According to California law, every child has the right to receive financial support from both legal parents. If the parents do not live together and the children divide their time between their parents, then the goal is for the children to have the same standard of living in both households. The amount of California child support is based on each parent’s income, how many days per year the children spend with each parent, and certain necessary expenses. You do not need a lawyer to get a court order for child support. A more affordable option is to have a registered legal document assistant prepare your child support forms.
Alimony, also known as spousal support, is money paid from one former spouse to another after a divorce. It is calculated completely separately from child support because it is based on a former spouse’s needs, not on the children’s needs. All divorces where the couple has minor children together include a child support order, but not all divorces involve alimony.
If one of your family members dies without a will, what happens to their estate? Can you control who receives which assets? What if the person is unmarrried or has dependent children? Read on to learn the answers to these questions and more.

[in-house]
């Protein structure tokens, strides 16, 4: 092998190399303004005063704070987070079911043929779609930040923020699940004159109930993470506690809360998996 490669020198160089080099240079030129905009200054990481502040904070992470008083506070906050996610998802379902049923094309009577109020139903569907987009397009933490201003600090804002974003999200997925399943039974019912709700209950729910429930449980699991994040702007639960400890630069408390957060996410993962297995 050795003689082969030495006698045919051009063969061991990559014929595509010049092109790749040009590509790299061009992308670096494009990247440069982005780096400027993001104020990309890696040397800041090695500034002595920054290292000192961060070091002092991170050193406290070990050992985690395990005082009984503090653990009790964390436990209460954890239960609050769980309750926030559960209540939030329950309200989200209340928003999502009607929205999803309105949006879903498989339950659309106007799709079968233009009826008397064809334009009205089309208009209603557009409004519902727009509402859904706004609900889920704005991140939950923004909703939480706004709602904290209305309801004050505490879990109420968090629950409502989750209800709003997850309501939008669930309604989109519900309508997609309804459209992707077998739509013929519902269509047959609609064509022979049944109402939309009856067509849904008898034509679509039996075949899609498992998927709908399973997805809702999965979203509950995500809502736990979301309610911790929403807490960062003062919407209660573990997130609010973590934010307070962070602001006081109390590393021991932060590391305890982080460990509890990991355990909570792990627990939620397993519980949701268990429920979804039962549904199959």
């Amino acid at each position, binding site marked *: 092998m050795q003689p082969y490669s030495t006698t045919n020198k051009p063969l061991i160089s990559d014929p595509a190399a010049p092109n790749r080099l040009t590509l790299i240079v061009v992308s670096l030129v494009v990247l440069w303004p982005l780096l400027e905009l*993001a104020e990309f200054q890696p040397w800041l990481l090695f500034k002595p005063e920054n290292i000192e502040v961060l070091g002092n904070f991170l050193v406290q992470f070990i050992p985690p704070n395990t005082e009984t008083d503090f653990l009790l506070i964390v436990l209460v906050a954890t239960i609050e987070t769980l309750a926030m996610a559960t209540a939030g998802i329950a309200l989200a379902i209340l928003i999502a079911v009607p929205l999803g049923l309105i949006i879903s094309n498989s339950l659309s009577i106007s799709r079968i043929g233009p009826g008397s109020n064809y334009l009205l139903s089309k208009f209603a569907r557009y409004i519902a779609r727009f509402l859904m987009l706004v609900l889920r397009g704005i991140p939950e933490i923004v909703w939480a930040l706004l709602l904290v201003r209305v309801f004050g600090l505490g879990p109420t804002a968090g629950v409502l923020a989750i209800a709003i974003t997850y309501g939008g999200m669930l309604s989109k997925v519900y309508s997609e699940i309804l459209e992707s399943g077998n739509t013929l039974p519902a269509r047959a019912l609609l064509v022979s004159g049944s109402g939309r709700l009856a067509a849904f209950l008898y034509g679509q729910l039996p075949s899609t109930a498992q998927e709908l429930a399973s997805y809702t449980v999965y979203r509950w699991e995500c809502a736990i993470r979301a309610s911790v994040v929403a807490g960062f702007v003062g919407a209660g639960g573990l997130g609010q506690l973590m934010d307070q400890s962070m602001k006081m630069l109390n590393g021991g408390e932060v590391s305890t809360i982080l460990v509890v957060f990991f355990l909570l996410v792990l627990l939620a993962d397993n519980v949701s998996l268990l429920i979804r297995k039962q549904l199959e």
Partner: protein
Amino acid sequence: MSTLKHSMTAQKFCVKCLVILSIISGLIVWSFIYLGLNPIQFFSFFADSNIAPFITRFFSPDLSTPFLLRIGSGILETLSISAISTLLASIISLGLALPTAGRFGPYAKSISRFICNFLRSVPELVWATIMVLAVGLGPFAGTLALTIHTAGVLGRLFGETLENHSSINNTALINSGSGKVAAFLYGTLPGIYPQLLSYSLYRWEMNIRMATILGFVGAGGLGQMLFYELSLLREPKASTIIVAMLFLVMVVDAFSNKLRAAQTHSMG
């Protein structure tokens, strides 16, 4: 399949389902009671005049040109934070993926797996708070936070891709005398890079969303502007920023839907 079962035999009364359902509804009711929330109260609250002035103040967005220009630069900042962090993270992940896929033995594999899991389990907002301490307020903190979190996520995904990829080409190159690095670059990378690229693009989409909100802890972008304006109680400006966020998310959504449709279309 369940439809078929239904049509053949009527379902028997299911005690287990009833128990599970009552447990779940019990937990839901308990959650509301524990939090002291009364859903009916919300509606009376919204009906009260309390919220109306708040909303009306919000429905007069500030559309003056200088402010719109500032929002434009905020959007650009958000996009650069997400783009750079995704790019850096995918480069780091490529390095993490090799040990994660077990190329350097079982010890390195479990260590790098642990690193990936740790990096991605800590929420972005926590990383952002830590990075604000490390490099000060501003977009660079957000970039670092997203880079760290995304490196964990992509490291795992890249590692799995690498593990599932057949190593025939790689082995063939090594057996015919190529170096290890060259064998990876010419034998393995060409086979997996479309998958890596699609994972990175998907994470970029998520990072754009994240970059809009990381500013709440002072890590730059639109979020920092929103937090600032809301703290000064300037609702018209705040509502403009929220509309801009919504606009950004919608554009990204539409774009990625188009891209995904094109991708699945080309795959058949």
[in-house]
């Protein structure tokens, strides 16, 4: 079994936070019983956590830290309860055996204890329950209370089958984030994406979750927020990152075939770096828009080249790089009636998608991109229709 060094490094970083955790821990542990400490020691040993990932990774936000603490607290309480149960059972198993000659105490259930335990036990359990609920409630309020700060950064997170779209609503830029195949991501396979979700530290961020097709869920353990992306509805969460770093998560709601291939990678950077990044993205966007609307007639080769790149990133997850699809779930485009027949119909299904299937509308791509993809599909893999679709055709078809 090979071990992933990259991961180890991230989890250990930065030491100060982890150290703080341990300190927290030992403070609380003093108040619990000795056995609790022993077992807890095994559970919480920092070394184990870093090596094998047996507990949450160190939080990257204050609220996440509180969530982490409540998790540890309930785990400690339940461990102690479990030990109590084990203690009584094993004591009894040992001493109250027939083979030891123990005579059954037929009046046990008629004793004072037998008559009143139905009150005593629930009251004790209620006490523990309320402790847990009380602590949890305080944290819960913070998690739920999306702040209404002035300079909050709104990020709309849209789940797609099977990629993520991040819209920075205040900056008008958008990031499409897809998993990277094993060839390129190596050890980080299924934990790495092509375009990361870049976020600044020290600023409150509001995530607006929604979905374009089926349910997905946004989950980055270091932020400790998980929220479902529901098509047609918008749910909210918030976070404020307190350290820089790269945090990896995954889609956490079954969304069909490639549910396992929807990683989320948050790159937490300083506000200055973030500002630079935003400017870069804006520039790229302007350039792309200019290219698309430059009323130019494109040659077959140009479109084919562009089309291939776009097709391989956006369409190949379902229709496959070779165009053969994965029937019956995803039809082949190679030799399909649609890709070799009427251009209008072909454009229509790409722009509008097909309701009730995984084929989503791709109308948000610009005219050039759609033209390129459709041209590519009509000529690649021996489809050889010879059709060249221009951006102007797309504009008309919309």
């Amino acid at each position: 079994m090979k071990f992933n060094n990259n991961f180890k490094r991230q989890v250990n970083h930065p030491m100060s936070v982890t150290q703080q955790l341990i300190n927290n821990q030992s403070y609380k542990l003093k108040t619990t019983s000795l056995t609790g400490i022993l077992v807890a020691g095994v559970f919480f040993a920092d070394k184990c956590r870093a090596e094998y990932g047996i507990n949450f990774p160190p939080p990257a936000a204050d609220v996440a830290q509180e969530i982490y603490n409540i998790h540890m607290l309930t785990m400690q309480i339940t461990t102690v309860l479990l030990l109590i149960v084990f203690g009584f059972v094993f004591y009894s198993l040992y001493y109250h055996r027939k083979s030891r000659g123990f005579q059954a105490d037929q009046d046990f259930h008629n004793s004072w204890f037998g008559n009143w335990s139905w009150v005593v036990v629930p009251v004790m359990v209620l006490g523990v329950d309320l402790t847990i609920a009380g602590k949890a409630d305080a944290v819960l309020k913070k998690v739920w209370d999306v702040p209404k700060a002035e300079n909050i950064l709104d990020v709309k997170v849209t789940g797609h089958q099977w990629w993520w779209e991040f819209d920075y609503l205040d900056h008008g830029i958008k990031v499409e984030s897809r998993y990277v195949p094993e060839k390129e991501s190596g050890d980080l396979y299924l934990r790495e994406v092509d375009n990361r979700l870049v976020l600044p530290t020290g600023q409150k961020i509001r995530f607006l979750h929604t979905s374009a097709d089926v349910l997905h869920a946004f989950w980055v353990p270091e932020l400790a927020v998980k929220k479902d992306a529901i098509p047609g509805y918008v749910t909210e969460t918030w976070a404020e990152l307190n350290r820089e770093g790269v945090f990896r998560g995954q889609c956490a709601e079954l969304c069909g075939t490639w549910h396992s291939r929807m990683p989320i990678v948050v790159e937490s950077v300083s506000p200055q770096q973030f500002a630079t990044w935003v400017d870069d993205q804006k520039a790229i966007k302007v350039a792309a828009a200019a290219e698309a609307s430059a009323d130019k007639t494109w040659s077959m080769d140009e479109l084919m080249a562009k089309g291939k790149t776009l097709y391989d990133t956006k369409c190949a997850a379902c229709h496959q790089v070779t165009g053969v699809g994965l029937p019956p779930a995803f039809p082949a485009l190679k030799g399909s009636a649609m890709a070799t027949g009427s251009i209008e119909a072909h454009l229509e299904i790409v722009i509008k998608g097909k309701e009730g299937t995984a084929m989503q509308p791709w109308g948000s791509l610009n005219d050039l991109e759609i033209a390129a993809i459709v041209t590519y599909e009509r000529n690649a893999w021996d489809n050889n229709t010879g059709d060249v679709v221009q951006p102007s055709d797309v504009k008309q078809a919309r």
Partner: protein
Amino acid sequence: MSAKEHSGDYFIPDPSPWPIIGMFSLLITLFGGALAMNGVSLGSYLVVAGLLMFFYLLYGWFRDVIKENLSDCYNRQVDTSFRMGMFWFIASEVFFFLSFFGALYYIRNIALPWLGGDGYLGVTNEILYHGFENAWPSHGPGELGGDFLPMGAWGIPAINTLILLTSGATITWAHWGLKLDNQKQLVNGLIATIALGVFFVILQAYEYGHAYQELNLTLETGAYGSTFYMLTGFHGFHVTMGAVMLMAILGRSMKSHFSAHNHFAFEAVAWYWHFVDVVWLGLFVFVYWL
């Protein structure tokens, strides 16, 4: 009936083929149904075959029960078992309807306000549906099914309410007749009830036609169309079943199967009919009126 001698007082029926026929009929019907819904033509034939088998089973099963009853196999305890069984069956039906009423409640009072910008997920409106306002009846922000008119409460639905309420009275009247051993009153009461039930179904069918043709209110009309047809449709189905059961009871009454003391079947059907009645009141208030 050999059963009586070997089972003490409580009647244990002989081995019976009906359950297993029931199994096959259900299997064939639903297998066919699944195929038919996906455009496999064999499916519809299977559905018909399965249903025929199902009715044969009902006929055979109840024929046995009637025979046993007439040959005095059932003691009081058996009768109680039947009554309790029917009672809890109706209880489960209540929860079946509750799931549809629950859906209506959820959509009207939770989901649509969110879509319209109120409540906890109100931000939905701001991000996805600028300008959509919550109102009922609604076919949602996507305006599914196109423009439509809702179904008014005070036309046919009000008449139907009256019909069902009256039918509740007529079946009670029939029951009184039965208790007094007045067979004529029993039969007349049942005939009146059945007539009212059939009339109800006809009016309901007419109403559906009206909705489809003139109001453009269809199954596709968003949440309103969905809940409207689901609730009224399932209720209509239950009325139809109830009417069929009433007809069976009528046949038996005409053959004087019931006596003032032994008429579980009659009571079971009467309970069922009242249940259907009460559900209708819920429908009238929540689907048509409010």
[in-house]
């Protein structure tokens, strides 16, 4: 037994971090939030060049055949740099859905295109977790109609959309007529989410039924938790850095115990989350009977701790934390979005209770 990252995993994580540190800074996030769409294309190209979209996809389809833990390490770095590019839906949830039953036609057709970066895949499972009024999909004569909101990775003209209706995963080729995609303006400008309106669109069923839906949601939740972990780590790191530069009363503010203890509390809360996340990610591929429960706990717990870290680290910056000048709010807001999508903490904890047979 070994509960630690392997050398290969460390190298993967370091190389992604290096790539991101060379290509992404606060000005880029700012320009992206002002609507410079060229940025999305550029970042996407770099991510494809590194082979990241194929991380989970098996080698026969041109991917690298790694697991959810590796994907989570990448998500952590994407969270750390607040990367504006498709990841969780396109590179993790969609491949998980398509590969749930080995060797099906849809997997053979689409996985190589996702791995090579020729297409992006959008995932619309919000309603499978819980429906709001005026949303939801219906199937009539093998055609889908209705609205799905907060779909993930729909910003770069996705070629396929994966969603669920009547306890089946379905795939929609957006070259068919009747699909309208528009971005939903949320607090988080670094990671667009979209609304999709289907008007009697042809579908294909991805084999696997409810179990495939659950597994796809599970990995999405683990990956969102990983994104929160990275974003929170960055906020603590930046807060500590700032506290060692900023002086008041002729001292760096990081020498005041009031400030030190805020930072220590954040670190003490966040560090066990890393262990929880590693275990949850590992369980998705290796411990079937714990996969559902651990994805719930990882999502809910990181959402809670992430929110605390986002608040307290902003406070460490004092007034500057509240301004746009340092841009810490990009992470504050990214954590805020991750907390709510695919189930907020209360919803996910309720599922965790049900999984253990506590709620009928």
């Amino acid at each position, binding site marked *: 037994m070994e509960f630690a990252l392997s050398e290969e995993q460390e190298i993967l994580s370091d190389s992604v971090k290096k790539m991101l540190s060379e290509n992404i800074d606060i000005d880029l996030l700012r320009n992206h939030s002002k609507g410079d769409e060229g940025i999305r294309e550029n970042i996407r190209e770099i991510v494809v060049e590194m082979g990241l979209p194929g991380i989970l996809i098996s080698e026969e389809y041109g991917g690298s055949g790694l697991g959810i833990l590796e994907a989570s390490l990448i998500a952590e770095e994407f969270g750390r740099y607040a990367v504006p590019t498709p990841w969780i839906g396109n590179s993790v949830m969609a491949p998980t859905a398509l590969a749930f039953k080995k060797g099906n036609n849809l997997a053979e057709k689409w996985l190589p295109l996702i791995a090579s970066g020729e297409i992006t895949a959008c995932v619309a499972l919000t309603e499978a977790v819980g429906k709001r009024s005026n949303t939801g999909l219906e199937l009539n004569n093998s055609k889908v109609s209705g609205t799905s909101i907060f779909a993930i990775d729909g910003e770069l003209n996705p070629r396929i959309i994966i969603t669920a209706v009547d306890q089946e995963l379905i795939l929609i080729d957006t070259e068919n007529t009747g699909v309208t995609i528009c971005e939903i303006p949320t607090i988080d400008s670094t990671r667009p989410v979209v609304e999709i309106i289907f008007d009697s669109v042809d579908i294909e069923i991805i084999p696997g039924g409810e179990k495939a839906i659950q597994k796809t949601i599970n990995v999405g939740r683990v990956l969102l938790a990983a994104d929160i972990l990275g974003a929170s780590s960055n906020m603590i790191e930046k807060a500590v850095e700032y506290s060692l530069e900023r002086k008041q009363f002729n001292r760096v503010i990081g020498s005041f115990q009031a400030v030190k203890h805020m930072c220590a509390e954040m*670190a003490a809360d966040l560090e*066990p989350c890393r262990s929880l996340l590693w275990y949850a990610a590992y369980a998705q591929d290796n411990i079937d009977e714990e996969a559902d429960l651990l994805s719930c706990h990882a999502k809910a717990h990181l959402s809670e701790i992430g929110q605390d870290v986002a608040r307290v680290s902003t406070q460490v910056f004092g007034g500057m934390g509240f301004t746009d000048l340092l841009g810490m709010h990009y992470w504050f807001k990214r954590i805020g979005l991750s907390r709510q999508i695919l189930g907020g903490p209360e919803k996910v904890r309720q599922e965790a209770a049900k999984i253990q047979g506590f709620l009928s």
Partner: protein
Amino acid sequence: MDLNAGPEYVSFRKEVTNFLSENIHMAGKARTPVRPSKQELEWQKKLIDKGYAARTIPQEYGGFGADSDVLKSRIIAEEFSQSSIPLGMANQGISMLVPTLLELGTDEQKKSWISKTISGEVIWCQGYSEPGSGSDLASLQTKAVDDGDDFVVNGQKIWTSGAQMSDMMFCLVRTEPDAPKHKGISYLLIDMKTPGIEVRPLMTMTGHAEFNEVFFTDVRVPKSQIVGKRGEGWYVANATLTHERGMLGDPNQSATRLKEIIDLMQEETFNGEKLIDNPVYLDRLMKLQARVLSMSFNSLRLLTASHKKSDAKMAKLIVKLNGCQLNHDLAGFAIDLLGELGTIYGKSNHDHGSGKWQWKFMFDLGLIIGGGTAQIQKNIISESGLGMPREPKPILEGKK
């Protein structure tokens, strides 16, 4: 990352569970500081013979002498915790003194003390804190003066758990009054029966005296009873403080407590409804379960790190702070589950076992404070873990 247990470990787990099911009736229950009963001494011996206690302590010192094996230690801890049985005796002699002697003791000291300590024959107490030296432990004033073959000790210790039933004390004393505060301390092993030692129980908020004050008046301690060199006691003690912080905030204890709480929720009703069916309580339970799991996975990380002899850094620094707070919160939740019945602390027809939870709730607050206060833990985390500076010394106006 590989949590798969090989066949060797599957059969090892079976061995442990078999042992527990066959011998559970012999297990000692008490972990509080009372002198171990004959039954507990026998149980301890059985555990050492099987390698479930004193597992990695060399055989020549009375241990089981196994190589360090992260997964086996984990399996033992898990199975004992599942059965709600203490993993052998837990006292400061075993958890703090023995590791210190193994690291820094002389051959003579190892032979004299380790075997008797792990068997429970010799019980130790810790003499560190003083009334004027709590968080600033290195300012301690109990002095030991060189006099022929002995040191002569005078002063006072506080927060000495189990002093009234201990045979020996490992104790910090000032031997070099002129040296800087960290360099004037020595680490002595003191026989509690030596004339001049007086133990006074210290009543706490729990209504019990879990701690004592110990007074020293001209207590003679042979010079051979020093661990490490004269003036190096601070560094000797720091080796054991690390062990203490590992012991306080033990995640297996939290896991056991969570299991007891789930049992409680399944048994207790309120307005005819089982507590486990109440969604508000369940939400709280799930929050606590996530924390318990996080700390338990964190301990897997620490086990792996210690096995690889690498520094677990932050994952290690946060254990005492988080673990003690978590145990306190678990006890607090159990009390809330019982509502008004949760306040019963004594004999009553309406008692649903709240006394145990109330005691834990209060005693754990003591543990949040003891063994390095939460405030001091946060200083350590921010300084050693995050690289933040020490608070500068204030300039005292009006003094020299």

Whether your divorce is contested or uncontested, at least one spouse will be required to complete financial disclosures. In this article, we describe the financial disclosure process and provide a reference list of everything each spouse must disclose. Read on to learn more.
If you need to make changes to your living trust, you can either amend the original document or create a new document with a California trust restatement. Read on to learn more about when a restatement is advised, and the benefits of restating a living trust. Then, be sure to contact A People's Choice to learn how we can help.